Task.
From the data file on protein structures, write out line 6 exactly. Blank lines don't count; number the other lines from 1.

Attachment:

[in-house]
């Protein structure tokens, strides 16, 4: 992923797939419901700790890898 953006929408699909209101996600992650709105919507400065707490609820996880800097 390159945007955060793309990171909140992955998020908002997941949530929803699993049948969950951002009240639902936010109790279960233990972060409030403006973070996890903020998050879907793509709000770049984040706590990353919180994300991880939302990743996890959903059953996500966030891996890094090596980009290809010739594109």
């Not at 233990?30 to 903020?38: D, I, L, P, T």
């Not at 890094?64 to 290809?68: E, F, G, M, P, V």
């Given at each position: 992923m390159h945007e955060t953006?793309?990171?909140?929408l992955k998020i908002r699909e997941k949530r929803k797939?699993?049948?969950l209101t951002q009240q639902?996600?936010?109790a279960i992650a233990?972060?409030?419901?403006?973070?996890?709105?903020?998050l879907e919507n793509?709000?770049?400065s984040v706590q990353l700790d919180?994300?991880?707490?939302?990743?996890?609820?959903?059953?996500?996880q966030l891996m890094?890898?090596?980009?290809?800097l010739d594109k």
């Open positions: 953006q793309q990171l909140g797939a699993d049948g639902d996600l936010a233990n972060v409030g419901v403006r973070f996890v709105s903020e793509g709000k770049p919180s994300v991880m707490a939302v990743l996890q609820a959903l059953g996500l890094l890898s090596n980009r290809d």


């Open positions: 953006q793309q990171l909140g797939a699993d049948g639902d996600l936010a233990n972060v409030g419901v403006r973070f996890v709105s903020e793509g709000k770049p919180s994300v991880m707490a939302v990743l996890q609820a959903l059953g996500l890094l890898s090596n980009r290809d």